Snapchat, on the other hand, launched from a Stanford dorm room, hit the market perfectly on day one. There were no pivots, down rounds or recaps and correspondingly the founders owned 44% of the business at IPO vs. 17% for the Twitter founders.
2) Use debt to fuel non-dilutive growth — Making predictable progress is not always possible – whether due to complex R&D or evolving market dynamics. All entrepreneurs, however, can use debt to limit dilution so long as they thoughtfully quantify the risk of doing so. So how do you assess the risk of taking on debt?
Assessing the risk / return balance for debt and equity financing
Risk is a fundamental factor driving which kind of financing is right for your company at any given time. As venture equity is the lower-risk option for early-stage businesses, because it does not have to be paid back, debt financing is where you’ll most need to evaluate risk. Assessing the risk of taking on debt is remarkably easy: just calculate the worst-case operating scenario for your business. Then calculate whether you can comfortably repay debt even in this scenario. If you can, then debt makes sense for you.
Afterall, this is how most consumers think about their mortgage. Most consumers don’t expect their home value to fall to zero requiring them to repay their mortgage overnight. This is not a realistic downside case. Instead, they may envision a scenario where home values contract by 15% and it takes them 6 months to find a new job – a much more realistic case. With enough savings to cover the job transition and a 20% down payment in place, this is a safe downside scenario.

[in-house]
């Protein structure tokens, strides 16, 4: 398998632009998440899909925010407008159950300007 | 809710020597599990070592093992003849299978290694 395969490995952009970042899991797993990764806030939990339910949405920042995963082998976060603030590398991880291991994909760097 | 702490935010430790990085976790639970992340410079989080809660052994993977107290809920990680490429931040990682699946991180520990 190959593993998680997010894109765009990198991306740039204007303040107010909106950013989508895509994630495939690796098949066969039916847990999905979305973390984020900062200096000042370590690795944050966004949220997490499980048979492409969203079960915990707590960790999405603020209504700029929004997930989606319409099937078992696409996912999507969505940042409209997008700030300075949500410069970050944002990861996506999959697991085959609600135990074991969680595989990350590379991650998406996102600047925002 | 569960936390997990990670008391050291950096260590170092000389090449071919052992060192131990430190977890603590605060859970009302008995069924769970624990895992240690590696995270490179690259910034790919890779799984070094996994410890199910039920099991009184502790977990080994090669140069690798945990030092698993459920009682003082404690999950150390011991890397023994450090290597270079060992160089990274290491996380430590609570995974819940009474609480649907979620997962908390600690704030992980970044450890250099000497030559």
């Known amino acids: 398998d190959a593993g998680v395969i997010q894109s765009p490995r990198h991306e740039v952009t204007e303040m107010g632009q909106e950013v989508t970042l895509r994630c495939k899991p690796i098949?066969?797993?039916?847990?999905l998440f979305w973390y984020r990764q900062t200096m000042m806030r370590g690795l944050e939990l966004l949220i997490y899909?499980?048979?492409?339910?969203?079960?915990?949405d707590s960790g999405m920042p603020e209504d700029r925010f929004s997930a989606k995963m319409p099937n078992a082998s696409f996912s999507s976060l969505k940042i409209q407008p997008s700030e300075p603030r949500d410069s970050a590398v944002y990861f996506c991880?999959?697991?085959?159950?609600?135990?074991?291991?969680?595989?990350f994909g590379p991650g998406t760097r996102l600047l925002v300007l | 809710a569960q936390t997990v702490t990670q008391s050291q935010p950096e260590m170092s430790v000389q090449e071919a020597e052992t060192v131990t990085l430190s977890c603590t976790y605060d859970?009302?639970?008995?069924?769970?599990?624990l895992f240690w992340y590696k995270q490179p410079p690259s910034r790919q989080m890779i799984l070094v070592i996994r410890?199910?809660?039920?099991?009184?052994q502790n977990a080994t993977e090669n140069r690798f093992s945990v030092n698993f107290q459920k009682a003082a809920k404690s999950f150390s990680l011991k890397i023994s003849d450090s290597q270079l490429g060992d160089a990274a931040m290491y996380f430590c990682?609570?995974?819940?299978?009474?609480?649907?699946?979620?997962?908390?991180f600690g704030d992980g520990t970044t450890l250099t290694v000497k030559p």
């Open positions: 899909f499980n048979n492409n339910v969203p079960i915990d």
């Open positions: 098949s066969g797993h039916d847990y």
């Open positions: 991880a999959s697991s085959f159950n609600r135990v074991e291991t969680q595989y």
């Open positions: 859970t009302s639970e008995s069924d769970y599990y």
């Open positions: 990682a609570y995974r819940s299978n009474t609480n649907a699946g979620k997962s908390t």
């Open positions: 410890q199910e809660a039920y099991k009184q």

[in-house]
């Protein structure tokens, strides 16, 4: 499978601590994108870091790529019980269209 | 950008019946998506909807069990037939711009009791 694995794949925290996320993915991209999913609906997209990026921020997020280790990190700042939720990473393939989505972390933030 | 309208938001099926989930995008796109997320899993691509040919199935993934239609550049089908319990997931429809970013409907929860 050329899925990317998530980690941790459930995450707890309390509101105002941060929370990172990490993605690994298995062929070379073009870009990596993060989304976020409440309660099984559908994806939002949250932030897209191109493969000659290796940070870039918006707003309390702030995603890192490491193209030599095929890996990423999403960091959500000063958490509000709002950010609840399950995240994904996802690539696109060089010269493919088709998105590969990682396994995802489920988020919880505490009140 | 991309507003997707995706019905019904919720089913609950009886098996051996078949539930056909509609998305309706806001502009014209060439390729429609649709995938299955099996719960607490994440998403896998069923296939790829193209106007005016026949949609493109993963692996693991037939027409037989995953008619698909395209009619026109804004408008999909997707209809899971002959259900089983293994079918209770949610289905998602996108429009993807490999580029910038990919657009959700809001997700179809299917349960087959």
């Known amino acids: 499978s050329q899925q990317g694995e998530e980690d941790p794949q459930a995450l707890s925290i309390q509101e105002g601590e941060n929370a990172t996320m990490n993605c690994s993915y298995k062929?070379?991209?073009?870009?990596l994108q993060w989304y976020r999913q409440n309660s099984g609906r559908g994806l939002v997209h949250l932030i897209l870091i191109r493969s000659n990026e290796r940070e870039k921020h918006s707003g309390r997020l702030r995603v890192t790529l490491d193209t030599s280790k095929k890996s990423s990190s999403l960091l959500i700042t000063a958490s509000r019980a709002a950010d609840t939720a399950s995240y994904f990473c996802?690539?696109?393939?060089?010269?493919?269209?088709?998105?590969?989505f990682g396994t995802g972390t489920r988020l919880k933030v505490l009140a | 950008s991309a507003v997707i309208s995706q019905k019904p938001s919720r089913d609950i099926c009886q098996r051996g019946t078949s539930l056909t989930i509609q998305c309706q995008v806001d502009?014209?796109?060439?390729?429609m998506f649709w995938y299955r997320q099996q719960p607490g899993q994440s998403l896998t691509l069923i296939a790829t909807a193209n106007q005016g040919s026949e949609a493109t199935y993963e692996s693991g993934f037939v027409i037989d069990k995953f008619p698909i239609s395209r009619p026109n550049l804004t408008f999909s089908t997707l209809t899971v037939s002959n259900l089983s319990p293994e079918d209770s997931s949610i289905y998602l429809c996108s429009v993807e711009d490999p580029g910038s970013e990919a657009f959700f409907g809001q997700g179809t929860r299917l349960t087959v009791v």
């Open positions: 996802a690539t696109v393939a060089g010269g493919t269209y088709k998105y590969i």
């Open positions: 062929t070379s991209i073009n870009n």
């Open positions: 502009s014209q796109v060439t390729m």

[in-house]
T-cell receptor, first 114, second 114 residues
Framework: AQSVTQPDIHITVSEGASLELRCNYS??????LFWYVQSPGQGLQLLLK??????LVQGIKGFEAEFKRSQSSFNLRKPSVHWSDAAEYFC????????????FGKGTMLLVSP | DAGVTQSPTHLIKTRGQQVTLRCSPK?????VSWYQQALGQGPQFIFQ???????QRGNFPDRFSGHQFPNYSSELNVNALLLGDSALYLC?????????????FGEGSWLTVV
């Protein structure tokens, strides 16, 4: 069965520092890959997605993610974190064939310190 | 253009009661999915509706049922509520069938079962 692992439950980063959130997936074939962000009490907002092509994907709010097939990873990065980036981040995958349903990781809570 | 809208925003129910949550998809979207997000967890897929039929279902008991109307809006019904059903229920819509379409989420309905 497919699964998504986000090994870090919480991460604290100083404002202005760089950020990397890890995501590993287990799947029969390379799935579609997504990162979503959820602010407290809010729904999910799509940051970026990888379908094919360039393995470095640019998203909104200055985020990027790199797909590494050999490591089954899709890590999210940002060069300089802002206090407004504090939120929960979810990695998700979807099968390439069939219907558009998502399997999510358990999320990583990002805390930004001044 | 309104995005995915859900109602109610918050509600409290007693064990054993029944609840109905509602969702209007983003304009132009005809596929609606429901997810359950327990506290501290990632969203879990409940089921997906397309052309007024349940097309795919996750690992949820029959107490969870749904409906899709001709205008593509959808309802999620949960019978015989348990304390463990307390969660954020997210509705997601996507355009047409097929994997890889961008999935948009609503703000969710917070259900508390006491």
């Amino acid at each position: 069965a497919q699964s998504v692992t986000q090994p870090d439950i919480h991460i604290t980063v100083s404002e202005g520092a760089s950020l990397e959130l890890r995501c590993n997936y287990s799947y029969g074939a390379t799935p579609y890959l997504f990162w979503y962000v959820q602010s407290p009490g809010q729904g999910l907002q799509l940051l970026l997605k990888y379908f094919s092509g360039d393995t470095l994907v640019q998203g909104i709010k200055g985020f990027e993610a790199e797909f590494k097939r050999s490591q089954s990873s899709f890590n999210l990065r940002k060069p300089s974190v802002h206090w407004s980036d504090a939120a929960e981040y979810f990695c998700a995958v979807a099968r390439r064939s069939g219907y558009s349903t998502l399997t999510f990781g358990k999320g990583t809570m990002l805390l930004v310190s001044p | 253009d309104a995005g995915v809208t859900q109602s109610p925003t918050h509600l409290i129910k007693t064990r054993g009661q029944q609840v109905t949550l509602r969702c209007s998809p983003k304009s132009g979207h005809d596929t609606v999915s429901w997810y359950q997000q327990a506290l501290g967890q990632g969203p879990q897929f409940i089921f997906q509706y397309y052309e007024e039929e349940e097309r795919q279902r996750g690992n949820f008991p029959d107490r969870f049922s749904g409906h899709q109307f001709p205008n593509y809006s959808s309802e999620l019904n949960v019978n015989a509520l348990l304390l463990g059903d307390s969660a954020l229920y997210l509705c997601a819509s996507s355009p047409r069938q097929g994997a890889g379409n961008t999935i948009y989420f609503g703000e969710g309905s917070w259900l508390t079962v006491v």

It is possible to calculate the same for your business by answering questions like:
- How much have my churn rates spiked historically and how long did this last?
- How does churn work during recessions in my industry?
- Are there suppliers that can drive up my operating costs rapidly? If this happened, how long would it take for me to find a new supplier at a more reasonable cost?
With a few simple questions answered empirically from your data and relevant macroeconomic data to your industry, you can know with high certainty whether your business can take on debt.
If you can take on debt, what’s the upside?
A thoughtful analysis of financing options should consider dilution and its results on wealth. For example:
With a clear picture of the upside and downside of debt, you can confidently move forward financing your business for success.
So how do I take advantage of debt?
The analysis we discussed can be done in two ways. Either by a stellar in-house finance team or by using a tool like Hum’s Intelligent Capital Market to scenario analyze your business and plan financings. Either way, you want to get clarity on these key questions before moving forward.
Once you have that clarity, then it’s about execution – reaching out to investors and showing them the story your data already tells whether you use a neutral 3rd party like Hum or reach out yourself.
Feel free to contact us 429 if you’d like additional help assessing the tradeoffs between taking venture capital or debt in your business.